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Morehouse Celebrates the Inauguration of its 10th President, Robert M. Franklin Jr. '75


Following in the footsteps of notable men such as John Hope, Benjamin E. Mays, Hugh Gloster ‘31and Walter E. Massey ‘58, Robert Michael Franklin Jr. ’75 joined them as presidents of Morehouse College when he was inaugurated inside a filled, yet spirit-filled, Martin Luther King Jr. International Chapel on Friday, Feb. 15.

“I come to this moment in my life with profound humility matched by my determination to see our great school rise to new heights of achievement,” Franklin said moments after Willie “Flash” Davis ‘56, chairman of the College’s Board of Trustees, gave the final ceremonial approval of Franklin’s ascendancy to the president’s position. Franklin follows Massey to become the College’s tenth president.

“This is your hour and we see you as our president,” said former board chairman, the Rev. Otis Moss Jr. ’56. “We know that Morehouse is in great hands and you are in the hands of God.”

During a festive, yet formal morning, Massey draped the presidential robe around Franklin, who also was presented seven keys that symbolically open every door on campus. Trustee Billye Aaron placed the ornate Presidential Ceremonial Medallion, which represents the long, illustrious tradition of Morehouse, around Franklin’s neck as flashbulbs popped throughout the chapel. Then Franklin sat in the 6-foot-6-inch presidential chair, which is suggestive of the College’s history and is only to be used during Commencement.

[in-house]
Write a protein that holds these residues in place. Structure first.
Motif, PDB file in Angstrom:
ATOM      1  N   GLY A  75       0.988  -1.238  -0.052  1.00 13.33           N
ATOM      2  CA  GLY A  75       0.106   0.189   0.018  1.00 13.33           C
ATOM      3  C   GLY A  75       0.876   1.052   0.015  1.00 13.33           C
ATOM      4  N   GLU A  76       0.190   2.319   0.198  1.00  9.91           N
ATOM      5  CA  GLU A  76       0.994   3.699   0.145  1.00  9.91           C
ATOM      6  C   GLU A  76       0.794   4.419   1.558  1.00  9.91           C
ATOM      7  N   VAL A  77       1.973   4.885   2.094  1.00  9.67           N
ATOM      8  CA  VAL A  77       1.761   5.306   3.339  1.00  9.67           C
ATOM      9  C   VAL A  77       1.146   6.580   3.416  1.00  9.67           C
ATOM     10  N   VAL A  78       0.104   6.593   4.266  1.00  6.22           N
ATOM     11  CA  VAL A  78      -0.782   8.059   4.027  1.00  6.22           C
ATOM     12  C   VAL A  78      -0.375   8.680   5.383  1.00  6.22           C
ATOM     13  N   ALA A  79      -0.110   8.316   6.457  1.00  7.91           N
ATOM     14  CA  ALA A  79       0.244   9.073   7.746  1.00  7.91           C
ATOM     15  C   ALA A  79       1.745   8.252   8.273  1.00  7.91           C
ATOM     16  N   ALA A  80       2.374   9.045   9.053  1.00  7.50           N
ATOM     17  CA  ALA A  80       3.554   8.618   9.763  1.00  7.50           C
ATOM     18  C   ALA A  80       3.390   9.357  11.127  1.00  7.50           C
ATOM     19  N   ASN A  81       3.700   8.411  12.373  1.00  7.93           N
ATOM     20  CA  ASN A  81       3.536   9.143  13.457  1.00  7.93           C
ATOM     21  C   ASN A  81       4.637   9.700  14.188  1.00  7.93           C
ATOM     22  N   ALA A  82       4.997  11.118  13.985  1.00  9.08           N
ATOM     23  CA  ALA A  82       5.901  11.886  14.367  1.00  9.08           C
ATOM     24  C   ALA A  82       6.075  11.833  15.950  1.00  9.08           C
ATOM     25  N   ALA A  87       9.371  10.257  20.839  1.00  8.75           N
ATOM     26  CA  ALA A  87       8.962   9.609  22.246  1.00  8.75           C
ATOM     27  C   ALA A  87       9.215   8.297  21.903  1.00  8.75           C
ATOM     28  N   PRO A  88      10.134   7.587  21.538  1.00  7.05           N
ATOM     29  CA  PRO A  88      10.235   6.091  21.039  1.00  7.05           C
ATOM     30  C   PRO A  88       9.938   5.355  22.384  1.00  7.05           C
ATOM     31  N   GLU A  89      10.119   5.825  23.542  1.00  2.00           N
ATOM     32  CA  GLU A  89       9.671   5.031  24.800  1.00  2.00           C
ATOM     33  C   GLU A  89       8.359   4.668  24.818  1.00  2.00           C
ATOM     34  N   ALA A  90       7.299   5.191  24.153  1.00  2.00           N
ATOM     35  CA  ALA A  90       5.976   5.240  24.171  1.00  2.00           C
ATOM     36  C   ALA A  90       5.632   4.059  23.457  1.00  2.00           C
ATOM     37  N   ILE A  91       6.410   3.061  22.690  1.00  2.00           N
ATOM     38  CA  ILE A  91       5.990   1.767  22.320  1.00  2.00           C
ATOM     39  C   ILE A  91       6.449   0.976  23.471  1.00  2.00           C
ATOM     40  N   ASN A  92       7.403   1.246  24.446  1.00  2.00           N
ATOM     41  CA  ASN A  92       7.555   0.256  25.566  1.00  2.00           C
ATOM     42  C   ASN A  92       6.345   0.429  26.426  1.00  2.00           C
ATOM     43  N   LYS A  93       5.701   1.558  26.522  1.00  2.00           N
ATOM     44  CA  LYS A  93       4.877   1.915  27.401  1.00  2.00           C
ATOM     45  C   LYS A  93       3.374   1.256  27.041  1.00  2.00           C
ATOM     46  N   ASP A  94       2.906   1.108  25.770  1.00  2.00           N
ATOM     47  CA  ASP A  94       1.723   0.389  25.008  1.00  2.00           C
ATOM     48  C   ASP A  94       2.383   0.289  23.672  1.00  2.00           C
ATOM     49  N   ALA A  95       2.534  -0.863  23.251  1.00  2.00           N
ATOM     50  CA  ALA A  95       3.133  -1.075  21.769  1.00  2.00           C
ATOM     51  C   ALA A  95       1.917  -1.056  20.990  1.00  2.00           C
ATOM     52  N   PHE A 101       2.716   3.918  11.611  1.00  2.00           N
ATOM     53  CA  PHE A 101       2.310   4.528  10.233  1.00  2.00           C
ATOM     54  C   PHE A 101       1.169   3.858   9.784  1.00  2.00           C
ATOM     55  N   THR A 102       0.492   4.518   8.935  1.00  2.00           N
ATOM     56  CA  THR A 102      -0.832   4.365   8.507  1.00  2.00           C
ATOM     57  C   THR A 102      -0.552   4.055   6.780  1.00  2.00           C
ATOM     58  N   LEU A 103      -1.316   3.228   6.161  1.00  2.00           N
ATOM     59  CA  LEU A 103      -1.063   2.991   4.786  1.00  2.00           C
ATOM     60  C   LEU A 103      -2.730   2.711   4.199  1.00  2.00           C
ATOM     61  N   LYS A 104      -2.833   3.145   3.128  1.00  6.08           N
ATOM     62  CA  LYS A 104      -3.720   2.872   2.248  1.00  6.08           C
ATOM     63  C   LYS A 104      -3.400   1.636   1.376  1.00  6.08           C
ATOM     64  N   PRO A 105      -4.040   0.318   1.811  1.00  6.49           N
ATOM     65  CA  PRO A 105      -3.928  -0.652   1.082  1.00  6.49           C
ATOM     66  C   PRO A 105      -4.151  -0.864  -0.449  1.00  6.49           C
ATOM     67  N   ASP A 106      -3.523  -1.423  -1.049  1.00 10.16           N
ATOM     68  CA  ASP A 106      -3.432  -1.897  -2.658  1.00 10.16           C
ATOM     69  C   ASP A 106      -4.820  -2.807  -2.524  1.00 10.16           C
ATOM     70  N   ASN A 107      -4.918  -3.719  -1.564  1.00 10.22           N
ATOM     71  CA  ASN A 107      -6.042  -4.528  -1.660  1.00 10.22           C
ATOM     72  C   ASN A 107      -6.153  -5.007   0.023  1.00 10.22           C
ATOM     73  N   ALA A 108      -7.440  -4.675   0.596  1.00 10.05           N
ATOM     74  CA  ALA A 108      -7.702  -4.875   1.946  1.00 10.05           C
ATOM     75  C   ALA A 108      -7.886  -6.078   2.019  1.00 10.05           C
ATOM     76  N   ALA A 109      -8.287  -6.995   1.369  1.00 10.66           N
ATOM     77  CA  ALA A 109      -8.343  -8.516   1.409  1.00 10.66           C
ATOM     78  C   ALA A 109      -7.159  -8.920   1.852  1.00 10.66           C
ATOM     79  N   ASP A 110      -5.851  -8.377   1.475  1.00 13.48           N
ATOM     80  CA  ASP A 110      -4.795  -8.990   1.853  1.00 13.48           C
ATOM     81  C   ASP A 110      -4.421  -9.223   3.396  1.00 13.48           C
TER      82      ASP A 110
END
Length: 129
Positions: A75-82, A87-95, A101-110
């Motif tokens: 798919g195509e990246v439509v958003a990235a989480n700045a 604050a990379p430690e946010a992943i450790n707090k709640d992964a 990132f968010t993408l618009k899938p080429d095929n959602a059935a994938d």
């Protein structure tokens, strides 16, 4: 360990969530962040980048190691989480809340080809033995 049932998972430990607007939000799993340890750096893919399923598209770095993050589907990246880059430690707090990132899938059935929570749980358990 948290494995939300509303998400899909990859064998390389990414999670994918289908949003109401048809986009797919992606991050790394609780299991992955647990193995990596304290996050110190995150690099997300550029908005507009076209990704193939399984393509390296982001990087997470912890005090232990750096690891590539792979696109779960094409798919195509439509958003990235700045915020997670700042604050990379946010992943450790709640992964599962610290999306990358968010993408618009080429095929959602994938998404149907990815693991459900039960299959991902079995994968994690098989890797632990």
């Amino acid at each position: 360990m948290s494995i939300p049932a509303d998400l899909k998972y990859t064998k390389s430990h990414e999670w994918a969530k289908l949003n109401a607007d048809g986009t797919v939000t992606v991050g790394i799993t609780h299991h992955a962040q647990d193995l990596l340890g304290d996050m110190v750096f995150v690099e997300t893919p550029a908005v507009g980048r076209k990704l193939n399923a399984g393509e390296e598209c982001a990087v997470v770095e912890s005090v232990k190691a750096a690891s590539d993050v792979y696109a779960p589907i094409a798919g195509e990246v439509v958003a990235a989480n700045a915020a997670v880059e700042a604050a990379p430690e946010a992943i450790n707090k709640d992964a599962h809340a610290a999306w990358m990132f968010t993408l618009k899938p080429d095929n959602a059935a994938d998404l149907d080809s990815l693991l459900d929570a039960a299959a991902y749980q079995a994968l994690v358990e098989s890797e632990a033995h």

But before Franklin’s investiture, several people close to him – former Emory University president James Laney; childhood friend and astronaut Mae Jemison, Church of God in Christ presiding bishop, Charles E. Blake, and classmate Aaron Larry Parker ’75 – spoke highly of Franklin.

“You embody the qualities and virtues that make you a natural leader for students, faculty and staff, and more an eloquent spokesman for higher education at large,” Laney said.

Jemison, who told stories about when she and Franklin attended the same high school in their native Chicago, said Morehouse is fortunate to have someone like Franklin, “…to turn all of that potential into the sharpened blade that will continue cutting a path to the future.”

“You have come to a very significant point in an illustrious journey,” Blake said, “A truly great man now leads a truly great institution.”

“We always had the sense that if anyone out of the class of ‘75 would do well, you would,” Parker added. “We anticipate a rising with power. We don’t expect perfection, but we do anticipate a rising.”

During his inauguration speech, Franklin stressed the importance of one of his main goals during his tenure: to produce what he calls Renaissance Men of social conscience – a social conscience that Franklin said is the leading voice of social justice.

“Producing Renaissance Men of a social conscience is a bold and rightfully important agenda in our contemporary cultural situation where death and despair prevails,” Franklin said.

Franklin ended his speech by pounding on the podium about the importance of the men of Morehouse and the College community stepping up to assume the lofty mantle of leadership.

“Let us make men,” Franklin said to loud cheers. “Up, you mighty men. You can accomplish whatever you are willing!”

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